Salt and Sanctuary is a difficult by design 2D platforming RPG, falling in line mostly with the metroidvania genre.
This is a dark and brutal game that has many similarities to the Dark Souls series of games. It features difficult combat that utilizes rolling to get out of enemies ways as well as large boss fights that can take up whole stages. It's set in a dark and grim world that sees the player battling their way through the forgotten nightmares of man.
Pro Risk reward gameplay
The player throughout the game is always earning salt when defeating enemies. This salt is used to purchase upgrades and items in the game, so the more you have the more you can purchase. The thing is though that you can lose all of the salt you have collected if you die, and being that this is a difficult game, you will die a lot. The risk reward mechanic in this that you can either push on with low health, venturing into the unknown and possible death, but if you die, you will lose your money. This choice can be tough to make, but will constantly be on your mind, which elevates the risk of play.
Pro Deep combat
While this is a 2D platforming game, the combat is actually quite diverse, depending on what equipment one is using (and there is quite a lot of equipment). Players have a light and hard attack that each can be charged. They can also be combined to create combos, with some that may even result in some juggling of enemies. Being that this is in 2D, the controls for the combat is quite responsive and there is a good bit of verticality (since there is no third plane to worry about) thanks to the level layout and jump mechanics. All of this combines to make for some deep combat that is enjoyable through customization, speed and level design.
Pro Exploration based gameplay
The player does not start with much in items or story. It is up to the player to explore and figure out little by little what is going on in the game. This makes for an adventure that the player can be immersed in by filling in any gaps with their own imagination, which in turn allows the player to be invested.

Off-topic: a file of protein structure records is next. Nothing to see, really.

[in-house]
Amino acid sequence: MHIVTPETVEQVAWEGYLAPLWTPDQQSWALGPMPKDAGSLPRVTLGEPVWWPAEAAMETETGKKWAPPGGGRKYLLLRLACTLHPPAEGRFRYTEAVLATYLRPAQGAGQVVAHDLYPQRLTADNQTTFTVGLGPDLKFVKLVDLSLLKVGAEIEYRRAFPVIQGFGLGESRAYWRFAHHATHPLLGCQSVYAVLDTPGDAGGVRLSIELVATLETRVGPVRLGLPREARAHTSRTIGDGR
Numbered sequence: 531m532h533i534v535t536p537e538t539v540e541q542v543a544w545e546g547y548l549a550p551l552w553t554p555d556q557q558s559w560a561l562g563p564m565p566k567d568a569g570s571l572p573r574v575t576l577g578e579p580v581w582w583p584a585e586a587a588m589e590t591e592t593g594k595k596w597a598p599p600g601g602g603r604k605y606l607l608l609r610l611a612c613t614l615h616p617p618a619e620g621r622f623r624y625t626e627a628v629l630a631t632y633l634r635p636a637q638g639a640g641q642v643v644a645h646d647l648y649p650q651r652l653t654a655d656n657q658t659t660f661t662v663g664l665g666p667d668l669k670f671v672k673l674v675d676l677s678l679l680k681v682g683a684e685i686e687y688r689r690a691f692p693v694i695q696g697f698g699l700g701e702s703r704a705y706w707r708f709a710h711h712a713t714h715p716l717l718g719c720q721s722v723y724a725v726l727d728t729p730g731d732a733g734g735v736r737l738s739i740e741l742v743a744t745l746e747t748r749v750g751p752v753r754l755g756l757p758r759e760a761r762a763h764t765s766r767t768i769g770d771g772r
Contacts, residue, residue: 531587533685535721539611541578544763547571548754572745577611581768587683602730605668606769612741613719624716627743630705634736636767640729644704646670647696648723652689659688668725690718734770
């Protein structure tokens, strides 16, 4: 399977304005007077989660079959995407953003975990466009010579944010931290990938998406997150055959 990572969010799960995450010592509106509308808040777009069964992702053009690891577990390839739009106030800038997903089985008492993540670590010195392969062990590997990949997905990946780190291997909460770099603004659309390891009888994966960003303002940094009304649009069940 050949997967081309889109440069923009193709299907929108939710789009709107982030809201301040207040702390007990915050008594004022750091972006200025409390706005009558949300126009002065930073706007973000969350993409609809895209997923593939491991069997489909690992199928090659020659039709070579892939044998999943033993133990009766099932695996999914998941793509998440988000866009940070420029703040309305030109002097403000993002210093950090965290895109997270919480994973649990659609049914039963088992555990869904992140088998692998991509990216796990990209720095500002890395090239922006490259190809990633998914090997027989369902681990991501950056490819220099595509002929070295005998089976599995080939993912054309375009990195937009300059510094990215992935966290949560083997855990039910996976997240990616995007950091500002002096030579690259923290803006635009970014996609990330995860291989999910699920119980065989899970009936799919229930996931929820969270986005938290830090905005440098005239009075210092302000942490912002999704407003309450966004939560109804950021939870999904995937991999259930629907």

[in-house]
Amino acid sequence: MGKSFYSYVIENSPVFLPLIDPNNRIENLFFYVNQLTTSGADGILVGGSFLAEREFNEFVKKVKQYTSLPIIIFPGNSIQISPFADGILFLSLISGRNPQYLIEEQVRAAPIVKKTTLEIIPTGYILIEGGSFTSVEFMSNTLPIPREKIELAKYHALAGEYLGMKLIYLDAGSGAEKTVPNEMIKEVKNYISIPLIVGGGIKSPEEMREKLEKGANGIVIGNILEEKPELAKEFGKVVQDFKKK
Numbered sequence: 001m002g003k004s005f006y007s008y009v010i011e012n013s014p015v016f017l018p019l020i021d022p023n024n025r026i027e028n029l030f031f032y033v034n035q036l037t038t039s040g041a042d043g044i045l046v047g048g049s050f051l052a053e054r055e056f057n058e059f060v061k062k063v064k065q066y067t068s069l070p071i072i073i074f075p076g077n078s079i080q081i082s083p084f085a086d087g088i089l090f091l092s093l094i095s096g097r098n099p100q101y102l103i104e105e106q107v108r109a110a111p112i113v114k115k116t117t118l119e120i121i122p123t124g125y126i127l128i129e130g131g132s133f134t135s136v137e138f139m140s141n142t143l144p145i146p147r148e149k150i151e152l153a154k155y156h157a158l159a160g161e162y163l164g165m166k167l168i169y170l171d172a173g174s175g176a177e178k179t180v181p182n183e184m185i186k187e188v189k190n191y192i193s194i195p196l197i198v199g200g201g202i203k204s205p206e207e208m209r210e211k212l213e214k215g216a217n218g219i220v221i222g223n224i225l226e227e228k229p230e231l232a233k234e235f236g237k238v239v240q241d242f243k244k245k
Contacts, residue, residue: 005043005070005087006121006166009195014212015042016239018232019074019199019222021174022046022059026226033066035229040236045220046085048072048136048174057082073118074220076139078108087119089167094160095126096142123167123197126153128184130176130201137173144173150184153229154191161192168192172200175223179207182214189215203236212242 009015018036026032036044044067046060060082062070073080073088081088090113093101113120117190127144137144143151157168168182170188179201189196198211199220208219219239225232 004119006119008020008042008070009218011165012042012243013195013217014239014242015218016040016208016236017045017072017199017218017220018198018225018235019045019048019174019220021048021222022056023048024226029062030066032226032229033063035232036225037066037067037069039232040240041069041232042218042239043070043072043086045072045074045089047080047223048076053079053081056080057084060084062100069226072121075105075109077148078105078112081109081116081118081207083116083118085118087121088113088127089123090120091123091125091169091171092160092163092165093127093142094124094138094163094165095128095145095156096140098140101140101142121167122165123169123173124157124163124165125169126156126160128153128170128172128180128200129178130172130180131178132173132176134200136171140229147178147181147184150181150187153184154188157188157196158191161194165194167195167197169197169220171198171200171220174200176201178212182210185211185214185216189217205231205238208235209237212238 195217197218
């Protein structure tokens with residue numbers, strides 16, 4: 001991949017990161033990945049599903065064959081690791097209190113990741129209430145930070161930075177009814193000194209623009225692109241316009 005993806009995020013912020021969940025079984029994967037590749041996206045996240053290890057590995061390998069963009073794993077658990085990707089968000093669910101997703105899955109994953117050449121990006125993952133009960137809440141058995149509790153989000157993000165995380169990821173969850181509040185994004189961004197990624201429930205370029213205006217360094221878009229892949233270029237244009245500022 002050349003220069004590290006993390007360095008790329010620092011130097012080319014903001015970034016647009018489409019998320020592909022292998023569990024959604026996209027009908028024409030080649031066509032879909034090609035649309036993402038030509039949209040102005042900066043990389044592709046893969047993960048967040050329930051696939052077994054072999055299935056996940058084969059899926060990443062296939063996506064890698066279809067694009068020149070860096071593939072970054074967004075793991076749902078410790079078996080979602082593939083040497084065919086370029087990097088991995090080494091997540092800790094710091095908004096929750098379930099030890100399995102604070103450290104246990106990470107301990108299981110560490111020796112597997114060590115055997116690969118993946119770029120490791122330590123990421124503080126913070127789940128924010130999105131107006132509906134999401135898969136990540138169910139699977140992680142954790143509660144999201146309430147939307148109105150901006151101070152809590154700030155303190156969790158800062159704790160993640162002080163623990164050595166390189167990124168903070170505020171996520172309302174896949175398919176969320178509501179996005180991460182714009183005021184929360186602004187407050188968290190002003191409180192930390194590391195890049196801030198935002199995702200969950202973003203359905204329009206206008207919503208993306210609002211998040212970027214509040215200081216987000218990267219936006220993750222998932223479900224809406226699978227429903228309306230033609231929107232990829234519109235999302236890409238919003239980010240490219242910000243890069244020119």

Pro Huge selection of upgrades
The player earns salt by killing enemies in the game. This salt can then be used to purchase upgrades and new abilities for their character on a large spherical grid. This grid has many branching paths that cover just about any skill or ability one can think of for a dark fantasy game. Want to branch off into magical abilities, you are free to do so. Similarly, you can branch off into more of a fighter build. You can even create a hybrid build of fighting and magic to suit you. There is no limit to the choices you can make, which allows for a game that is highly customizable to fit anyone's playstyle.
Pro Good use of metroidvania level design
Metroidvania genre games tend to lock portions of the game behind elements that can not be traversed until a certain item or skill is earned. This makes for a world that requires a lot of backtracking and familiarity, meaning the player needs to keep track of all the areas they have already explored. Once a certain item or skill is found that will allow the player to get past what was once a road block, new areas can then be explored and the story can be advanced. The mechanic of this used to be to save space while elongating a game, but now is used as a way to get the player to feel connected and familiar with the world. There is also a pleasure to be found once new areas can be unlocked as it gives a sense of satisfaction that you are progressing past a point that you never knew when it would be unlocked.
Pro Interesting perk mechanic
There is a feature in the game called "creeds" that allows on to sign up for one creed at a time. These creeds will give you access to certain specific perks such as building out their sanctuary (of which each creed has one) where you can customize vendors of items, find new quest givers and access fast travel points. All of this offers a level of customization that can give the player advantages in the game.
Con Difficult to know where you are
There is no map in the game, which is exacerbated by the fact that this is a 2D title. In 2D there is basically no way to tell where you are in relation to where you want to go other than from memory. This can be troublesome if it has been a few days since you last played, as you now need to remember where you need to go and where you have been and how that all relates to where you are now, all without being able to see anything other than what is immediately in front of you on the screen.